Friendships on the road

One of the essentials for a traveller? Trust.
It’s been quite the ‘theme song’ of this past week – the most unsettling of an already-difficult year.
It’s no wonder, then, that I chose to talk about trust.

I used to trust people easily up to my teenage years… and then I started building some walls. Not as high as I know others around me do, but high enough to let only those with genuine intentions pass.
Meanwhile, I kept acting the way I was raised by my parents and grandparents – with kindness towards anyone who needed my help. So, in a way, I could say that trust was always on offer, even though in a more limited amount. J

Travels took me – alongside Marcel – not always to the safest of places. The only option to be able to explore them? Trust a perfect stranger. We actually do that without realising it: when we take a bus or a taxi, when we board a plane or a ferry, when we order a meal in a restaurant. Why couldn’t we do it one on one?

When we look at a beautiful picture of a certain destination – I said it before –, we cannot perceive the vibe of the place. We can only do that when we find ourselves THERE. You’ll also have many surprises when you realise that many countries or areas with a bad rep are actually amongst the most welcoming and safest spots you’ve explored. The other side of the coin applies.

People who are still capable of connecting to themselves and feeling will discern between a dangerous and a secure environment. In the case of the latter, they’ll probably make friends. Friendships on the road/between people living far away from one another – are they easy or not?
The Eternal City

They can be flaky. Most of them.
Lack of good communication, a different set of priorities, and the great distance could break such a relationship, even though chemistry was at very high rates in the beginning.
Some friendships fizzle, at times only on one side, leaving the opposite friend wondering why and feeling disappointed. It happened to me, too. I went to great lengths to visit some dear friends [or so I thought] in their home countries and… the planned reunion never happened or left me with a bitter taste when I found that things weren’t as I knew them.

There are, however, those cases when people click and know how to appreciate what a special friend they found. They hold on to that relationship, they cherish it, they find incredible joy in simply meeting for a few minutes or hours in a corner of the world.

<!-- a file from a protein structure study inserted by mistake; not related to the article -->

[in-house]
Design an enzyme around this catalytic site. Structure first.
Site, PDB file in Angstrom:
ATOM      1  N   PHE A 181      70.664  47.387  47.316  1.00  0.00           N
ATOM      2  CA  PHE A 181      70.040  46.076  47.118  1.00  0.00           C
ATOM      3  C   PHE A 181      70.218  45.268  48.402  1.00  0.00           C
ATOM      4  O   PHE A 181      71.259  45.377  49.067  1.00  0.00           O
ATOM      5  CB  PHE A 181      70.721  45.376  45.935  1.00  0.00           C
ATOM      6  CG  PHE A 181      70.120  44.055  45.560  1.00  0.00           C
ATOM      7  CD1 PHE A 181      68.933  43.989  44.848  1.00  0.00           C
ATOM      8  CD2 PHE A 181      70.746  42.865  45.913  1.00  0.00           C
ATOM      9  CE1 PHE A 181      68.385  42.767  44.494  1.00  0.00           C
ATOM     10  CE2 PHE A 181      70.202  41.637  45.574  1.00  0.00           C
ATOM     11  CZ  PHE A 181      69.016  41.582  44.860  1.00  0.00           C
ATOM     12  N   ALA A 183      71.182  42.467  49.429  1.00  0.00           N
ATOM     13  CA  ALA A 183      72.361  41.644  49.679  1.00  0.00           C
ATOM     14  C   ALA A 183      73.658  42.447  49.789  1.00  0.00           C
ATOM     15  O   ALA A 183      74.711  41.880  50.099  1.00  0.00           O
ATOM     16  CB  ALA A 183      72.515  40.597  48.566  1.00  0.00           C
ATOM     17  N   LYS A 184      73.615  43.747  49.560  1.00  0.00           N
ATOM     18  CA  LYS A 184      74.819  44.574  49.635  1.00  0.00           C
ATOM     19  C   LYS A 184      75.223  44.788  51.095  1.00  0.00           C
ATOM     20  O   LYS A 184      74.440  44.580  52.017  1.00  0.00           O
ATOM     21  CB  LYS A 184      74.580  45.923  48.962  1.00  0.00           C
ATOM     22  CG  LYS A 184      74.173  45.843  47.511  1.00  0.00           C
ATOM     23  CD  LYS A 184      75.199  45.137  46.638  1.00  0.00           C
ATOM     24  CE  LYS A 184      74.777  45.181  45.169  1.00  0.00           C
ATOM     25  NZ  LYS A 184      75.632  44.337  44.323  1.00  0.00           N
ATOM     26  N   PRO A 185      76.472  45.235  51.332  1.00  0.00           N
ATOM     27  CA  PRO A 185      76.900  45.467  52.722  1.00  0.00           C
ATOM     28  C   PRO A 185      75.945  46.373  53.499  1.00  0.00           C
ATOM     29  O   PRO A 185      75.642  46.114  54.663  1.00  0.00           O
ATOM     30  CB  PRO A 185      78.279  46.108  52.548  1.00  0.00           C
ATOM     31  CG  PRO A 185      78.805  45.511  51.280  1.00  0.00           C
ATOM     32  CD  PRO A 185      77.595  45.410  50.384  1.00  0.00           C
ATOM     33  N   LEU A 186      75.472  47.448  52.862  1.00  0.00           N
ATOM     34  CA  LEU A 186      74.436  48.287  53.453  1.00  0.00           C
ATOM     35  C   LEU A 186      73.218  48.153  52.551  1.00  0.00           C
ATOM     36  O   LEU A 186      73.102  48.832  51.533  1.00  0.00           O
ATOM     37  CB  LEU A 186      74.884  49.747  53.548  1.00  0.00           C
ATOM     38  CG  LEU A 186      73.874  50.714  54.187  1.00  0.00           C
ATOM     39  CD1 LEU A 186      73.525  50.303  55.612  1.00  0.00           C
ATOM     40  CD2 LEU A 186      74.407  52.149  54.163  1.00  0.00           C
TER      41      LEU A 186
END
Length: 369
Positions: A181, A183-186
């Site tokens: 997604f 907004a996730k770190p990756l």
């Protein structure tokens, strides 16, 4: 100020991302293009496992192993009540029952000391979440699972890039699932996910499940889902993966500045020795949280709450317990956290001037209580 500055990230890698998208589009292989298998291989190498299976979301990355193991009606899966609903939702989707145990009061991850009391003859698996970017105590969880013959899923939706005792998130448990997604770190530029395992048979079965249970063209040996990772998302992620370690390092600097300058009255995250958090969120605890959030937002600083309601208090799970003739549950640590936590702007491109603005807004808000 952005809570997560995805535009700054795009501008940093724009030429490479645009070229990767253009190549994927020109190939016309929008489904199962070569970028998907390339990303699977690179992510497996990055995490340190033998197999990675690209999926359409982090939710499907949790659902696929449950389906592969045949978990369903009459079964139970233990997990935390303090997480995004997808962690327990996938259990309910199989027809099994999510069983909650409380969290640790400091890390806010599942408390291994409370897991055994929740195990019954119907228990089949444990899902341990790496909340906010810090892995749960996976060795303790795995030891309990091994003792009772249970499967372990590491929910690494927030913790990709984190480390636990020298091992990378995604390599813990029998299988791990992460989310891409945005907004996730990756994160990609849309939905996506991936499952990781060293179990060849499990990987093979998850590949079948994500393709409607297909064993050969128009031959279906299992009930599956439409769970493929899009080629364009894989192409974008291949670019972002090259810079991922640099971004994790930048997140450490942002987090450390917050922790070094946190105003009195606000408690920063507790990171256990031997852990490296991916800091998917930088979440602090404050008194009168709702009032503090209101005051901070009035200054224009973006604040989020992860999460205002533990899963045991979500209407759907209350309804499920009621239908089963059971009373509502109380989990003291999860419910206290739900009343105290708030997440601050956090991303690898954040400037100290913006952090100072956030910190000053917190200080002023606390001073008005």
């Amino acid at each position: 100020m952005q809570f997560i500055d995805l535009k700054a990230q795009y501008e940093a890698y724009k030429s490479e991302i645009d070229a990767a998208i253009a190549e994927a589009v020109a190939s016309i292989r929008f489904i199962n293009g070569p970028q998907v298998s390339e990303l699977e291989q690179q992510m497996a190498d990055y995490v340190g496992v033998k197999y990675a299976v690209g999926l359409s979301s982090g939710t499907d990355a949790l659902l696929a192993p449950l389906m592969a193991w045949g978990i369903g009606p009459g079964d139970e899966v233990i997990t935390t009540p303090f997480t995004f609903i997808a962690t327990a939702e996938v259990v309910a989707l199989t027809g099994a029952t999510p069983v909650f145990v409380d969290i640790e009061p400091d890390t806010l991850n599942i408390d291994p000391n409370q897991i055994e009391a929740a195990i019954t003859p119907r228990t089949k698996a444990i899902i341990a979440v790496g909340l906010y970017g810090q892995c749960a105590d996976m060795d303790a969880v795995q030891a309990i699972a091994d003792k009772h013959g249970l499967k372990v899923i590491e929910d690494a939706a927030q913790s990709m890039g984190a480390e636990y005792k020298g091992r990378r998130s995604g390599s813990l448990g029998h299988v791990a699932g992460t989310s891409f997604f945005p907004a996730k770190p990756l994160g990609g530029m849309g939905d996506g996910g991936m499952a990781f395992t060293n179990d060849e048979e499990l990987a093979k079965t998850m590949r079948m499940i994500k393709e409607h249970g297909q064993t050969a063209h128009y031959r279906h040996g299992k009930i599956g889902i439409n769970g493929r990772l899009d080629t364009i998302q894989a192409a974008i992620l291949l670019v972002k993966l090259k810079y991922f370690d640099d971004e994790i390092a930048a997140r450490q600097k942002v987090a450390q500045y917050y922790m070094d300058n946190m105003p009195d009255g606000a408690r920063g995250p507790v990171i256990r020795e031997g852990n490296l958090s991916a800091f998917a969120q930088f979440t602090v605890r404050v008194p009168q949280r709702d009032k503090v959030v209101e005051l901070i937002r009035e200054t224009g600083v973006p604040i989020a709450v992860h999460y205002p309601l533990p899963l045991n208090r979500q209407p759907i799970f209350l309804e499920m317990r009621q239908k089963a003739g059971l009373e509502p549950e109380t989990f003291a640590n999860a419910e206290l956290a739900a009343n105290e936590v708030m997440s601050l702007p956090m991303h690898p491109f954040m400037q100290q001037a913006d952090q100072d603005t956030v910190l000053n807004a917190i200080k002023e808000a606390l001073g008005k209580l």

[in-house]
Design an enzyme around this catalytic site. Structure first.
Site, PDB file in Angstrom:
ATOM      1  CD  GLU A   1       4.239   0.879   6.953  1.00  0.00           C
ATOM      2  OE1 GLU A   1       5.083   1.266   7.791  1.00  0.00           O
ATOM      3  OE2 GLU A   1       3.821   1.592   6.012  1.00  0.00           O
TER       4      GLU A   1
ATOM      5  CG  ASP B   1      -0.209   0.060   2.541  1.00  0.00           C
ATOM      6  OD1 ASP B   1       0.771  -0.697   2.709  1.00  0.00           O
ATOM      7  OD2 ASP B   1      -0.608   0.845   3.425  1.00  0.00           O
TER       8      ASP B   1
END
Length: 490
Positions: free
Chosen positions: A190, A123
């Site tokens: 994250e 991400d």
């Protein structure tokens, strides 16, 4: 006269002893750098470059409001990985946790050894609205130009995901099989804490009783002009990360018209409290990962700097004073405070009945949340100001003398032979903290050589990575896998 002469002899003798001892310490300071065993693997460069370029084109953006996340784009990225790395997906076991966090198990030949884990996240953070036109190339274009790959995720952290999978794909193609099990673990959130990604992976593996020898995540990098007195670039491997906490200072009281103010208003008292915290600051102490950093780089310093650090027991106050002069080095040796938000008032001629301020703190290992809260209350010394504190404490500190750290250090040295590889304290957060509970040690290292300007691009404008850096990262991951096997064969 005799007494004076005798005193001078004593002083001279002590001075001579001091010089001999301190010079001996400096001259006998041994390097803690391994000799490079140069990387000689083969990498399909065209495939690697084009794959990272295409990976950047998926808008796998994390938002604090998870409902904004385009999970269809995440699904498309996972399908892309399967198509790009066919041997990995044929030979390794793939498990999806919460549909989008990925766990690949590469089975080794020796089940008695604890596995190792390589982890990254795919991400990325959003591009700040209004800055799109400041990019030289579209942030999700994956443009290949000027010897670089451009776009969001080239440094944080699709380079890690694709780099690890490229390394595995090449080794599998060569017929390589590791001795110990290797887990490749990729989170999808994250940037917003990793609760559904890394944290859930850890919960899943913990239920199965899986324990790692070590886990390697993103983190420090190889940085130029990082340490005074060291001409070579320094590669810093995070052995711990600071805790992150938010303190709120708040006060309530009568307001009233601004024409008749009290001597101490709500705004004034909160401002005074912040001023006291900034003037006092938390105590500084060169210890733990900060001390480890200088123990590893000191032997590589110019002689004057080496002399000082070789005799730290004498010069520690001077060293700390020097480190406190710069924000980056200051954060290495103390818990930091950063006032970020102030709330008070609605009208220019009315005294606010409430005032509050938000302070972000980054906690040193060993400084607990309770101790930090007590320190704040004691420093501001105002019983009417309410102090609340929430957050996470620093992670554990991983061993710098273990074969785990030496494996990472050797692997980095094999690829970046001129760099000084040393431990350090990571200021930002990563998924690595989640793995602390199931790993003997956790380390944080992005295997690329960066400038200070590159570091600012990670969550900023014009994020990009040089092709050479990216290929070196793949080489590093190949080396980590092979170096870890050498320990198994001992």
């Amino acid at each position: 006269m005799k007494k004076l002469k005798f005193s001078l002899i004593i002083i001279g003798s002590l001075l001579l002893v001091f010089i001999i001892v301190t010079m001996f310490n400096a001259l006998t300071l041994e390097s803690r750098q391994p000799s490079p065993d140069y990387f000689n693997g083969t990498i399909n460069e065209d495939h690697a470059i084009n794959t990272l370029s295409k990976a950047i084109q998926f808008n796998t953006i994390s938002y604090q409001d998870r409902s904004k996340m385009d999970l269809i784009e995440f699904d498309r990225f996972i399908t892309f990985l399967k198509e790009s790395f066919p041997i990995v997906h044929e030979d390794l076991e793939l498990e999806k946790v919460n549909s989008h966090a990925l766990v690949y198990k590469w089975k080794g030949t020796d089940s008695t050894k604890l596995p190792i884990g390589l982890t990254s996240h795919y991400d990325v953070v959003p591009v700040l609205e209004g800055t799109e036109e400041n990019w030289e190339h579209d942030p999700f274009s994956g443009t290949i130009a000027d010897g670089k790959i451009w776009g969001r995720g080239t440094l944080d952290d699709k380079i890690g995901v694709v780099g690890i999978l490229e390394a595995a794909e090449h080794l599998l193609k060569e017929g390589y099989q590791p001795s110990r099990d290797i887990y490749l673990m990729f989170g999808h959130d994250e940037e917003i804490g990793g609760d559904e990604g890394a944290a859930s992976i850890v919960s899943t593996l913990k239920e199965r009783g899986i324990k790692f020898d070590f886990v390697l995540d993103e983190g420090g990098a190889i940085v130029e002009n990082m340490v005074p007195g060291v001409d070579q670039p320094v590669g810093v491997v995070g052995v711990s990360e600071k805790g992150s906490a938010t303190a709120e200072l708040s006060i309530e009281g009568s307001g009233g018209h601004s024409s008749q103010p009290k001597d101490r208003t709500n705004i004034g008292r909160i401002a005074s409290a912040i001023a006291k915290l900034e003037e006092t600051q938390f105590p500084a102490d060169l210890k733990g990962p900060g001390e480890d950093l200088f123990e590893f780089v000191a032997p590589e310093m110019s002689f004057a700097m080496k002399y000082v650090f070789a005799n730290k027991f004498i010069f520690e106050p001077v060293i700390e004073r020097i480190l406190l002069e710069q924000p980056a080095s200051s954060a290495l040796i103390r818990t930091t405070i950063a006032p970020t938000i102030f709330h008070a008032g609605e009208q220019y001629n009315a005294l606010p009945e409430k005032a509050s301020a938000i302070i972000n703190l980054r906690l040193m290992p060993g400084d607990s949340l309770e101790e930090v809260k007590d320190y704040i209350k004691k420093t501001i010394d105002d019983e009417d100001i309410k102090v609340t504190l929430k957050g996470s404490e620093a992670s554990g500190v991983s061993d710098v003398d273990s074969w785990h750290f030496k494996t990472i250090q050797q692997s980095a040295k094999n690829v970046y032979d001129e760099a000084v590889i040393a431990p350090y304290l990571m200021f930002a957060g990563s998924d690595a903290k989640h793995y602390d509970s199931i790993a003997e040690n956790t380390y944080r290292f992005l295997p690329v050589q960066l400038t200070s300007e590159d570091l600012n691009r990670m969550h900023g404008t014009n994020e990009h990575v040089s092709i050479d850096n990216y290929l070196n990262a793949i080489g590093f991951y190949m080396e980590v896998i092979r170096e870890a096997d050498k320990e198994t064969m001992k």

These moments stay magical. My glimpses of joy for the second half of 2019?
Flying to Rome to meet my close friend Graham and his wife, Betty, while they were travelling through Europe, all the way from Australia. We had gelato, fun, and long walks under the piercing Roman sun.
Betty, Graham, and I in Rome, Italy

The pears and the flowers received from my dear friend Eugenia and her lovely little girl in Moldova. She always spoils me with something! Last time, in 2017, it was with ‘Bucuria’ chocolates.
With Marcel, Eugenia, Sara and two other close friends of ours, Alex & Cata, in Moldova

Last but not least, I haven’t seen Nuria and Telemaco – our grand friends from Argentina – for almost 9 years. When she finally told me that it was about time we met again (and not only talk about it :P), I even found the plane tickets to take us back to South America. And to finally meet their beautiful daughter.
Nuria, Telemaco, Marcel, and I at las Cataratas del Iguazú, Argentina

Disappointments may still be in the cards, but you may just realise in 6 days – and not 6 months, with the experience gathered – that some friendships are not worth the investment.

Then again, for all the few happy cases – which outweigh all the failed friendships put together –, you may still want to wear your heart on a sleeve, love, respect, and trust that stranger you meet on the road.
Lightning could strike. J        

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